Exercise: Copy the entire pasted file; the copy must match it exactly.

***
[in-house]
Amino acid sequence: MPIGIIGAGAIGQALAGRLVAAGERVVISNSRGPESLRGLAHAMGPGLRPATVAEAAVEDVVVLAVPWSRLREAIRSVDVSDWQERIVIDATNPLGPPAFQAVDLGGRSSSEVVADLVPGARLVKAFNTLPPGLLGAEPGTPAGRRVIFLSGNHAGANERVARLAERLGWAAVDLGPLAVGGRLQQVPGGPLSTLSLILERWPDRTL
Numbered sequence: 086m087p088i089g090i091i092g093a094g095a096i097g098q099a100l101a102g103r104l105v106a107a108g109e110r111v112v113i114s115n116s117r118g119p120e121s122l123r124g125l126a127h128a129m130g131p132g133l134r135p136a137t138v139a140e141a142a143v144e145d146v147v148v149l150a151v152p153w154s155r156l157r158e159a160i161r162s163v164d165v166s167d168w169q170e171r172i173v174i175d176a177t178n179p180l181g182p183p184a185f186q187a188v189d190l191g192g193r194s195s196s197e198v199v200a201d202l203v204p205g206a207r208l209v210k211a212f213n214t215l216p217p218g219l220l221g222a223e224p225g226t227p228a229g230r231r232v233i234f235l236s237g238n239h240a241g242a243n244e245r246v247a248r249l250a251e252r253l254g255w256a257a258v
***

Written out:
[in-house]
Amino acid sequence: MPIGIIGAGAIGQALAGRLVAAGERVVISNSRGPESLRGLAHAMGPGLRPATVAEAAVEDVVVLAVPWSRLREAIRSVDVSDWQERIVIDATNPLGPPAFQAVDLGGRSSSEVVADLVPGARLVKAFNTLPPGLLGAEPGTPAGRRVIFLSGNHAGANERVARLAERLGWAAVDLGPLAVGGRLQQVPGGPLSTLSLILERWPDRTL
Numbered sequence: 086m087p088i089g090i091i092g093a094g095a096i097g098q099a100l101a102g103r104l105v106a107a108g109e110r111v112v113i114s115n116s117r118g119p120e121s122l123r124g125l126a127h128a129m130g131p132g133l134r135p136a137t138v139a140e141a142a143v144e145d146v147v148v149l150a151v152p153w154s155r156l157r158e159a160i161r162s163v164d165v166s167d168w169q170e171r172i173v174i175d176a177t178n179p180l181g182p183p184a185f186q187a188v189d190l191g192g193r194s195s196s197e198v199v200a201d202l203v204p205g206a207r208l209v210k211a212f213n214t215l216p217p218g219l220l221g222a223e224p225g226t227p228a229g230r231r232v233i234f235l236s237g238n239h240a241g242a243n244e245r246v247a248r249l250a251e252r253l254g255w256a257a258v